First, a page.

Anxiety can be overwhelming and cause many physical and emotional side effects. When you can’t stop worrying, you can’t sleep and you may even feel sick to your stomach. While an anxiety disorder should be monitored and treated by a qualified professional, exercise can be part of an effective treatment plan to help manage your anxiety symptoms.
Exercise and Anxiety: What the Research Says
“Exercise won’t cure anxiety or depression, but the physical and psychological benefits can improve the symptoms,” explains Sally R. Connolly, LCSW, a therapist at the Couples Clinic of Louisville in Kentucky. “Research shows that at least 30 minutes of exercise three to five days a week can significantly make a difference.” Some studies have suggested that regular exercise can help alleviate anxiety as much as anxiety medications, and the anxiety-relieving effects of exercise may last longer than those of drugs.
Exercise and Anxiety: Who Benefits
While everyone can reap psychological benefits from exercise, research suggests that people who may see the biggest improvements in anxiety symptoms are those who:
- Exercise consistently for at least several weeks
- Are not already physically active
- Have severe anxiety
- Do aerobic exercise, such as jogging, swimming, or dancing
Exercise has also been shown to be effective in managing symptoms of depression, which frequently affects people with anxiety disorders.
Exercise and Anxiety: How Exercise Helps
“Anxiety is usually linked to an increased heart rate,” notes Connolly. “Exercise can be very helpful with calming people’s heart rate.”
During exercise, your heart rate shoots up, but over time, as your fitness level improves, your heart begins to work more efficiently. As a result, your resting heart rate between exercise sessions eventually becomes slower. Improved heart and lung function due to regular aerobic activity are often associated with a greater sense of overall well-being, which can help offset feelings of anxiety.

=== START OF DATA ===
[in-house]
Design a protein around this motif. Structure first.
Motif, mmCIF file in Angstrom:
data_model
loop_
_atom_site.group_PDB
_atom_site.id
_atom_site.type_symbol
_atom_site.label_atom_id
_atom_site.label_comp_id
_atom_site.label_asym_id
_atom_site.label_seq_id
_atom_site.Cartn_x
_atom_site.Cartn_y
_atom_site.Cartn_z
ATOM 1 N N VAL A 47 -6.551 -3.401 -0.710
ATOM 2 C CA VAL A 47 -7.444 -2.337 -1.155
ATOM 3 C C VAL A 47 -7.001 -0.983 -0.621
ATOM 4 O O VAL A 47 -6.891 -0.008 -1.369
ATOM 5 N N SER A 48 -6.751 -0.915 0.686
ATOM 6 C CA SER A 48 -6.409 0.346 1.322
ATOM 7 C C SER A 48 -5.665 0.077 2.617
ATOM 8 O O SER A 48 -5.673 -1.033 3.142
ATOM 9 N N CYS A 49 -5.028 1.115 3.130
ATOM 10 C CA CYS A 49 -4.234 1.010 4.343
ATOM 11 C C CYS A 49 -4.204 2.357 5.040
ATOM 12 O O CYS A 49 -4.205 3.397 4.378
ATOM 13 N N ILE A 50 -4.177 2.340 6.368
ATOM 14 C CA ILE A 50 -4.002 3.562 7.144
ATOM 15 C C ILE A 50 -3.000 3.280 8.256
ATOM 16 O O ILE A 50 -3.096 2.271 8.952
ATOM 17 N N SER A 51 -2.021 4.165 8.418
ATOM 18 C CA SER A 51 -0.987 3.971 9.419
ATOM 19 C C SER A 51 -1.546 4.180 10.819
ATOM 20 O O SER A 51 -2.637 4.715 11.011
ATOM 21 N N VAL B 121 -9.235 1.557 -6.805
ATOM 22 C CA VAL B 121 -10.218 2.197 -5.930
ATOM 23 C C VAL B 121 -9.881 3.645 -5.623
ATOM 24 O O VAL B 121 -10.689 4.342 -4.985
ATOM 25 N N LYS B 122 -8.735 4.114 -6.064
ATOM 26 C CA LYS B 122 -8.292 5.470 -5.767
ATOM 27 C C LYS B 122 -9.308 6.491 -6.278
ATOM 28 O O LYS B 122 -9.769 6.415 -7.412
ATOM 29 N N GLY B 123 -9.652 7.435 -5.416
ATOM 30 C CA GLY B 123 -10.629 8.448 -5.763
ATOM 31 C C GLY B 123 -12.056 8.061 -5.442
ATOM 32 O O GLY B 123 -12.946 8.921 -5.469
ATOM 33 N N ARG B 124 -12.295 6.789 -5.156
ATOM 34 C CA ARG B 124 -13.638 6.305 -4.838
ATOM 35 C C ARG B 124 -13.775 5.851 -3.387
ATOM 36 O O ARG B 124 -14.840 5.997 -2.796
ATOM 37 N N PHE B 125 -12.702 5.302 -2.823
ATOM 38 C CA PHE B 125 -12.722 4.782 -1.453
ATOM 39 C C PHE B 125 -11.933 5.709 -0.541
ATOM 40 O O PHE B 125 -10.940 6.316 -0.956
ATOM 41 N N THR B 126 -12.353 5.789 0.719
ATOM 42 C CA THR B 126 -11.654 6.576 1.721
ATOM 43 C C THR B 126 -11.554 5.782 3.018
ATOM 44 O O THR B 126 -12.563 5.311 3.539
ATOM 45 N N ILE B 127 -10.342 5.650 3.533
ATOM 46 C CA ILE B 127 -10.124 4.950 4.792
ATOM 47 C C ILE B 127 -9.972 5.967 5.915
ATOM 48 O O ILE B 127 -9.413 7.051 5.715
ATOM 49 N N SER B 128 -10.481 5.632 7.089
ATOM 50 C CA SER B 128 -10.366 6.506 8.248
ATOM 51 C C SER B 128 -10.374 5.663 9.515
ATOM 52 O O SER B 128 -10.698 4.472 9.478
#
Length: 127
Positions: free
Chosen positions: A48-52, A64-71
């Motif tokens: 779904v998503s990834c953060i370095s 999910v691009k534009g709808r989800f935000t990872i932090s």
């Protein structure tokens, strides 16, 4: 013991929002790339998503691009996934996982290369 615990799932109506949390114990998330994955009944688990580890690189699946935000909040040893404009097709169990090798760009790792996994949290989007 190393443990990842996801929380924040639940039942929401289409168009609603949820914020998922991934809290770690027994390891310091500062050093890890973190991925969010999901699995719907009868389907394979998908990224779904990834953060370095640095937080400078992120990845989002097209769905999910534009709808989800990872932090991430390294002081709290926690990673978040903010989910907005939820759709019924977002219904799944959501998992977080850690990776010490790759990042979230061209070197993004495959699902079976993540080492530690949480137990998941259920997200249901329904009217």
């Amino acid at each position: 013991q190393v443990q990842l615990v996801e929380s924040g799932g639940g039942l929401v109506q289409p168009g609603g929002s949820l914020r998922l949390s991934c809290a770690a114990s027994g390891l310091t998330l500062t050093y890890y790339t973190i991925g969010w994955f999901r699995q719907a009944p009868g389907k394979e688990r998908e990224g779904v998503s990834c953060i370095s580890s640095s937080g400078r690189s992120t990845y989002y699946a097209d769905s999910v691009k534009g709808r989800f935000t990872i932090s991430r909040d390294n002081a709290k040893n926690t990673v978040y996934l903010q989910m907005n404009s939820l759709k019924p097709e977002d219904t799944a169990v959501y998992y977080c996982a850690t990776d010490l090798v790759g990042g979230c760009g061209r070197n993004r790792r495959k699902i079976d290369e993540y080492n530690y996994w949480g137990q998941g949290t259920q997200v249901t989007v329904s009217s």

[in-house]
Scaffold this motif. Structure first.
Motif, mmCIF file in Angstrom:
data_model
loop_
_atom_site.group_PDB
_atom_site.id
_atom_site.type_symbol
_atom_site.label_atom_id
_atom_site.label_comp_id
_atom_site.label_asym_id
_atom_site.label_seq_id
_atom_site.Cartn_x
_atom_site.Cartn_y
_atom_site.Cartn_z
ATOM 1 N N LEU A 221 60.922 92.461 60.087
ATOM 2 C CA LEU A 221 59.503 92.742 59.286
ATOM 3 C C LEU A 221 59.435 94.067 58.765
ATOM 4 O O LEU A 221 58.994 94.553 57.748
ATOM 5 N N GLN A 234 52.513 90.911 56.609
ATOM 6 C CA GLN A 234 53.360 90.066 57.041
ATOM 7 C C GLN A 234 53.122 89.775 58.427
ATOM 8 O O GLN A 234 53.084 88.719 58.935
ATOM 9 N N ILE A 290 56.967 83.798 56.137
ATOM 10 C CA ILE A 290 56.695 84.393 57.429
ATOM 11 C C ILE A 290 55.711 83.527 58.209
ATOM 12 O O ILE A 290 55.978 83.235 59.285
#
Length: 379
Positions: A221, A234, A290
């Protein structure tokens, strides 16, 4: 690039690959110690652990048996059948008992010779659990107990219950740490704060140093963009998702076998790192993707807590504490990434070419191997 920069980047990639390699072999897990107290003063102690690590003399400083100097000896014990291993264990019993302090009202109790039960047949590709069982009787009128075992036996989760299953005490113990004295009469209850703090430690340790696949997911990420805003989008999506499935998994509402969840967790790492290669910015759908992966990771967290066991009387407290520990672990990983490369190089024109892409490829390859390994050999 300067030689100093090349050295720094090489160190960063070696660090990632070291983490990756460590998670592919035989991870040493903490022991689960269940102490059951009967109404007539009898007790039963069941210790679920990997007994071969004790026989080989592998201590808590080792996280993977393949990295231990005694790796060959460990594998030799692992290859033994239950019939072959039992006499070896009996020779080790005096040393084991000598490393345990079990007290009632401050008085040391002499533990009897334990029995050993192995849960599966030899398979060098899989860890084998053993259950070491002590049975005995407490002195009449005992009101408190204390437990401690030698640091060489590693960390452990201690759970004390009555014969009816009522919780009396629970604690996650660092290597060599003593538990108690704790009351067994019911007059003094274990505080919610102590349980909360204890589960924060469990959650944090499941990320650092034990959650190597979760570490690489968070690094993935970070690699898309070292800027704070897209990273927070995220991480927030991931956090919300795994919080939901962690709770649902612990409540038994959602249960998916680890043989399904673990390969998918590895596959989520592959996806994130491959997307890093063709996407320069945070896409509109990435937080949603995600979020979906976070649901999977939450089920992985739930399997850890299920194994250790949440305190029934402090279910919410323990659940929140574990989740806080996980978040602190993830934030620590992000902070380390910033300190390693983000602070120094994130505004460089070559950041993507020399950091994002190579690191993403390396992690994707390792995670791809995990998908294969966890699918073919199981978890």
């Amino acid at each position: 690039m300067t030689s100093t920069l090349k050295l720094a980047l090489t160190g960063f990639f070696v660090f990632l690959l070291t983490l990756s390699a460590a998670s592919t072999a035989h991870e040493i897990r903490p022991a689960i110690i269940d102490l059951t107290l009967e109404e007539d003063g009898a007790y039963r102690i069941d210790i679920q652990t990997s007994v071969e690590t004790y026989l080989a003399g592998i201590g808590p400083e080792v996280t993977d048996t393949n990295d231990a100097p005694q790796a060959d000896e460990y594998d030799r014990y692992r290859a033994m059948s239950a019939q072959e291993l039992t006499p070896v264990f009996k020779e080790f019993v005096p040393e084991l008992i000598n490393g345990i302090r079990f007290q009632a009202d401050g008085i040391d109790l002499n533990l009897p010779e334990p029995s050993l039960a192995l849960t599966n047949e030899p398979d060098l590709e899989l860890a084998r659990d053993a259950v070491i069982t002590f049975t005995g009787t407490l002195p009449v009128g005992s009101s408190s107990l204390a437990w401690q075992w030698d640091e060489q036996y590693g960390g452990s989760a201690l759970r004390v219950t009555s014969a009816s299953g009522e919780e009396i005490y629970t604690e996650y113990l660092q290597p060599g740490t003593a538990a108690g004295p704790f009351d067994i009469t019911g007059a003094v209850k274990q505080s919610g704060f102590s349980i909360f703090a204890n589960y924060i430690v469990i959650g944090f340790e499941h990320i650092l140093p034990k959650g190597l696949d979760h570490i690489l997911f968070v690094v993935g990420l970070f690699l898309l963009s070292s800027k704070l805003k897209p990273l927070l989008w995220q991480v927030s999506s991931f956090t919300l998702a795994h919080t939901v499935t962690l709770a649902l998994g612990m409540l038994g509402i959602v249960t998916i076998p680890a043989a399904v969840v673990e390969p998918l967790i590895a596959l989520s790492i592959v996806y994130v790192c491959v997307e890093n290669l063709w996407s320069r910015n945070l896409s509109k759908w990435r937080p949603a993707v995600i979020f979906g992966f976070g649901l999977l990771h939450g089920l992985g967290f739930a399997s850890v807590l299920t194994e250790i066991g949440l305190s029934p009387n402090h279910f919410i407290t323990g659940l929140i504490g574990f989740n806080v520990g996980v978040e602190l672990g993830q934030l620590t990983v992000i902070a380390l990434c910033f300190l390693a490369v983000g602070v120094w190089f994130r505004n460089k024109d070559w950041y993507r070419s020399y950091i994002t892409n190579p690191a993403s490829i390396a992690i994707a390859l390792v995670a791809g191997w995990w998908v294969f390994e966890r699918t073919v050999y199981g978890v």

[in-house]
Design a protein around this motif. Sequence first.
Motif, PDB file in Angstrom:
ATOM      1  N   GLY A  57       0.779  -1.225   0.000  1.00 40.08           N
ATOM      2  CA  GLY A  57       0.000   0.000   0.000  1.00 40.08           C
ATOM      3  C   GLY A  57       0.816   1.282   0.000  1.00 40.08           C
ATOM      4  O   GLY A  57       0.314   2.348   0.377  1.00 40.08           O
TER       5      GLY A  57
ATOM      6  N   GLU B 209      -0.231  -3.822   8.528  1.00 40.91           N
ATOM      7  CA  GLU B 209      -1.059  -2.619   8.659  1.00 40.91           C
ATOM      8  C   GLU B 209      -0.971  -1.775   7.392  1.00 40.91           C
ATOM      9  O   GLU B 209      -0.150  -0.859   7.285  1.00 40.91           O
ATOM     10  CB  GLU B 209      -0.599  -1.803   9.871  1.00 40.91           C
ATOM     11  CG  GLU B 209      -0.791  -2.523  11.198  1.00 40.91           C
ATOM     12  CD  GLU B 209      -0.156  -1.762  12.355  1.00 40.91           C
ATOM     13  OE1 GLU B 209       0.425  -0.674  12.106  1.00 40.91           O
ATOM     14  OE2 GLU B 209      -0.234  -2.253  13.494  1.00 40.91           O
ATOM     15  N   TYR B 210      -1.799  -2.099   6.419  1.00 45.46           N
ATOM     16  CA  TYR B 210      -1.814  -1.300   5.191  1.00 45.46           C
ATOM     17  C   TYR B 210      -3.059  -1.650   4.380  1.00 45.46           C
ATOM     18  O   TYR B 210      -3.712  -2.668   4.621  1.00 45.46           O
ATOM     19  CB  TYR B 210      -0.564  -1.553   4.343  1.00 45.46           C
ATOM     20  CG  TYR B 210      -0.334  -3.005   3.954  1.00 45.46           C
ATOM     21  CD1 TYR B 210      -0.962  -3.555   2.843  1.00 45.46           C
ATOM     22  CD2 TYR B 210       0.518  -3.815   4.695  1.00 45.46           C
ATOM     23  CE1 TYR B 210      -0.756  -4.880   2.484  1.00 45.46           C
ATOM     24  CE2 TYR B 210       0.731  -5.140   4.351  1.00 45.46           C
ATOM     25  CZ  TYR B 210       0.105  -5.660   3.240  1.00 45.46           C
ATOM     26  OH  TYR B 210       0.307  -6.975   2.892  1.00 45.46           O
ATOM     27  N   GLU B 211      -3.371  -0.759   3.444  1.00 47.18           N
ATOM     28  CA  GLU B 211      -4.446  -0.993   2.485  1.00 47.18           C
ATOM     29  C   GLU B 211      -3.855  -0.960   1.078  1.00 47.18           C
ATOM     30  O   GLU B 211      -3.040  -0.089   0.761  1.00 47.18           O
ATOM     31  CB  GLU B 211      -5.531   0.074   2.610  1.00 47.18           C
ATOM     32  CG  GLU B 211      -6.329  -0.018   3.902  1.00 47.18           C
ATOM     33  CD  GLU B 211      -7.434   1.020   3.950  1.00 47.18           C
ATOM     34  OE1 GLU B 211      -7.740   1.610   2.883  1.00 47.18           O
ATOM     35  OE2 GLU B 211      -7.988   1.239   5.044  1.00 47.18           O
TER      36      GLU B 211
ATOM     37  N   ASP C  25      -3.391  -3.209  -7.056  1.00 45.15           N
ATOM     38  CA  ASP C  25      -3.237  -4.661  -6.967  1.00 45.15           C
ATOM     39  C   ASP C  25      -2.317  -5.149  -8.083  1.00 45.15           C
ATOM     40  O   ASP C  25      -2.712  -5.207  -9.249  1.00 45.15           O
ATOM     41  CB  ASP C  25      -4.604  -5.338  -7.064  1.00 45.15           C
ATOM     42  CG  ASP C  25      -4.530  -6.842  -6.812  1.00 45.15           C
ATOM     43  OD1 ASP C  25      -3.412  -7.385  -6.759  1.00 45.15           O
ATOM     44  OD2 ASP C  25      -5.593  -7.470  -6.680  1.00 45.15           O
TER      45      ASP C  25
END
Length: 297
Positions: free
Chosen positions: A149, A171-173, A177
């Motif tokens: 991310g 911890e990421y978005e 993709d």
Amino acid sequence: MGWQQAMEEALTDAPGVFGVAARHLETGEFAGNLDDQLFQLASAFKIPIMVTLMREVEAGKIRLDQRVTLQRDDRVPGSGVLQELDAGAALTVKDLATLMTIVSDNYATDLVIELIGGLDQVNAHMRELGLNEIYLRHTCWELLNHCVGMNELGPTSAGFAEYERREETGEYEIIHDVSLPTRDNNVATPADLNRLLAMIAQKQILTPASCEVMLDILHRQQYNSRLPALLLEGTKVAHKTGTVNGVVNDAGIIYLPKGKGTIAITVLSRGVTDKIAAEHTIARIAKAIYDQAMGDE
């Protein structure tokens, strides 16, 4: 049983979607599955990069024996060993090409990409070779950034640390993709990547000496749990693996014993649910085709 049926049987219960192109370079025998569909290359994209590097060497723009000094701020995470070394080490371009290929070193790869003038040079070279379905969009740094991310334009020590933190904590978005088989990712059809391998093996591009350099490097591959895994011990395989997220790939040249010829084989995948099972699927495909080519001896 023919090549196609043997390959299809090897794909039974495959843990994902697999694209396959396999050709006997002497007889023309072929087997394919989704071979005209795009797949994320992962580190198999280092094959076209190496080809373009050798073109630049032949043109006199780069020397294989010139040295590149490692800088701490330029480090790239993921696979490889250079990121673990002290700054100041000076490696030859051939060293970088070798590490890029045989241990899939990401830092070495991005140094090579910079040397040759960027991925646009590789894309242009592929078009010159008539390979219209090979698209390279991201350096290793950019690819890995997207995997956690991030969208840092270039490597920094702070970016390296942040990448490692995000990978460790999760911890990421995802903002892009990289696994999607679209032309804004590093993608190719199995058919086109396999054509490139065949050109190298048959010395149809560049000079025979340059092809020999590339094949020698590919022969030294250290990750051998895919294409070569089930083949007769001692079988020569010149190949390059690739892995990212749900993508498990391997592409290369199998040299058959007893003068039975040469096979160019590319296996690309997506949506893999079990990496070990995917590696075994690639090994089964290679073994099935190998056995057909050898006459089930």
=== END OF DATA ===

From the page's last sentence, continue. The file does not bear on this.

Even short bursts of exercise — just 10 to 15 minutes at a time — can improve your fitness and your mood. Connolly recommends that her patients get a total of 30 minutes of exercise a day, which can be broken into 10-minute blocks if necessary, between six and seven days a week.
Exercise can even help prevent anxiety disorders from beginning in the first place. One study showed that regular exercisers were at a 25 percent reduced risk of depression and anxiety disorders over a five-year period. Not surprisingly, exercise has also been found to improve mental clarity and concentration, both of which may be negatively affected by anxiety. Chemicals released in the brain during exercise may help improve the ability to focus and deal with stressful situations, thereby lessening the risk of anxiety and depression.
Exercise and Anxiety: Anti-Anxiety Workouts
Any exercise can help diminish anxiety, but Connolly says aerobic exercise that really gets your heart rate up will be the most beneficial. Some good aerobic exercises that can help manage anxiety are:
- Brisk walking
“Dancing is a great exercise, and it has a lot of other side benefits. And it’s great when you dance with other people,” notes Connolly, since socializing can also boost your mood.
Though not aerobic, yoga can help offset anxiety symptoms. Yoga combines physical movement with meditation and deep breathing to help calm the mind and alleviate worry.
While weight training and other strengthening exercises are important for your overall health, they don’t seem to offer as much anxiety relief as activities that get your heart rate going.
We all know that exercise is good for the body, and now research shows that it’s also good for the mind. In addition to managing your anxiety with a doctor’s help, exercise is a powerful tool you can use to enhance your physical and mental health.
This Might Help
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